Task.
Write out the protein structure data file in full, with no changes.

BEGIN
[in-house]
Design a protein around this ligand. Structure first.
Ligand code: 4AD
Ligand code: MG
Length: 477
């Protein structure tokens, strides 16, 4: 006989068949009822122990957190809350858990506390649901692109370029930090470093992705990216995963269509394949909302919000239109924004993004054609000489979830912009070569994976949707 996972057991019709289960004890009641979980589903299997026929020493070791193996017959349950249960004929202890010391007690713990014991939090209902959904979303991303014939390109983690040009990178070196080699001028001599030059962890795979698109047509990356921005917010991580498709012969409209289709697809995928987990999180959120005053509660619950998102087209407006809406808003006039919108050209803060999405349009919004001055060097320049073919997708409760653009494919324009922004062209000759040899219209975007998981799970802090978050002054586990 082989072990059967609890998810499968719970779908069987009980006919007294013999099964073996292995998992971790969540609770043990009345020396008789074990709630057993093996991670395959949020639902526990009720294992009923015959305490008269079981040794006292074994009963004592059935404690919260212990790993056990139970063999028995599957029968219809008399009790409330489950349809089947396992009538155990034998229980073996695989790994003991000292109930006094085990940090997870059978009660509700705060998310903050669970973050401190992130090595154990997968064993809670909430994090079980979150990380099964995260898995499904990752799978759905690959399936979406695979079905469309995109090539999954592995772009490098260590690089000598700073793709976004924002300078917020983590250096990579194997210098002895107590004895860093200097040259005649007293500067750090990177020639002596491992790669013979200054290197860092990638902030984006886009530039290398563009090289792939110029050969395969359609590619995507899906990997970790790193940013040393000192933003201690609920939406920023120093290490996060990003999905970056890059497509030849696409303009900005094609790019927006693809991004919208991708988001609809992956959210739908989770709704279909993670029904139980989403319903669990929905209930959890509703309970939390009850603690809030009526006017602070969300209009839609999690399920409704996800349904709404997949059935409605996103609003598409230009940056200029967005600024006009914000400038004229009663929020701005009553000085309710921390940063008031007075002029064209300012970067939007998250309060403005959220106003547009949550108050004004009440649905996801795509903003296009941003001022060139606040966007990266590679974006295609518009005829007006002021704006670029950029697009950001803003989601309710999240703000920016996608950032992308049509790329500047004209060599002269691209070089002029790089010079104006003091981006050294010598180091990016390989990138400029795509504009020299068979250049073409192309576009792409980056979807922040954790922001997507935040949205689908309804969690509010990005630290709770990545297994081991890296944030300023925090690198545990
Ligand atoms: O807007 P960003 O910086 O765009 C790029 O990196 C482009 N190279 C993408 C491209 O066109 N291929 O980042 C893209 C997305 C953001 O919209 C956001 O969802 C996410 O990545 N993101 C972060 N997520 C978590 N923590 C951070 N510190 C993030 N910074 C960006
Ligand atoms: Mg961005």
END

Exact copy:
[in-house]
Design a protein around this ligand. Structure first.
Ligand code: 4AD
Ligand code: MG
Length: 477
């Protein structure tokens, strides 16, 4: 006989068949009822122990957190809350858990506390649901692109370029930090470093992705990216995963269509394949909302919000239109924004993004054609000489979830912009070569994976949707 996972057991019709289960004890009641979980589903299997026929020493070791193996017959349950249960004929202890010391007690713990014991939090209902959904979303991303014939390109983690040009990178070196080699001028001599030059962890795979698109047509990356921005917010991580498709012969409209289709697809995928987990999180959120005053509660619950998102087209407006809406808003006039919108050209803060999405349009919004001055060097320049073919997708409760653009494919324009922004062209000759040899219209975007998981799970802090978050002054586990 082989072990059967609890998810499968719970779908069987009980006919007294013999099964073996292995998992971790969540609770043990009345020396008789074990709630057993093996991670395959949020639902526990009720294992009923015959305490008269079981040794006292074994009963004592059935404690919260212990790993056990139970063999028995599957029968219809008399009790409330489950349809089947396992009538155990034998229980073996695989790994003991000292109930006094085990940090997870059978009660509700705060998310903050669970973050401190992130090595154990997968064993809670909430994090079980979150990380099964995260898995499904990752799978759905690959399936979406695979079905469309995109090539999954592995772009490098260590690089000598700073793709976004924002300078917020983590250096990579194997210098002895107590004895860093200097040259005649007293500067750090990177020639002596491992790669013979200054290197860092990638902030984006886009530039290398563009090289792939110029050969395969359609590619995507899906990997970790790193940013040393000192933003201690609920939406920023120093290490996060990003999905970056890059497509030849696409303009900005094609790019927006693809991004919208991708988001609809992956959210739908989770709704279909993670029904139980989403319903669990929905209930959890509703309970939390009850603690809030009526006017602070969300209009839609999690399920409704996800349904709404997949059935409605996103609003598409230009940056200029967005600024006009914000400038004229009663929020701005009553000085309710921390940063008031007075002029064209300012970067939007998250309060403005959220106003547009949550108050004004009440649905996801795509903003296009941003001022060139606040966007990266590679974006295609518009005829007006002021704006670029950029697009950001803003989601309710999240703000920016996608950032992308049509790329500047004209060599002269691209070089002029790089010079104006003091981006050294010598180091990016390989990138400029795509504009020299068979250049073409192309576009792409980056979807922040954790922001997507935040949205689908309804969690509010990005630290709770990545297994081991890296944030300023925090690198545990
Ligand atoms: O807007 P960003 O910086 O765009 C790029 O990196 C482009 N190279 C993408 C491209 O066109 N291929 O980042 C893209 C997305 C953001 O919209 C956001 O969802 C996410 O990545 N993101 C972060 N997520 C978590 N923590 C951070 N510190 C993030 N910074 C960006
Ligand atoms: Mg961005």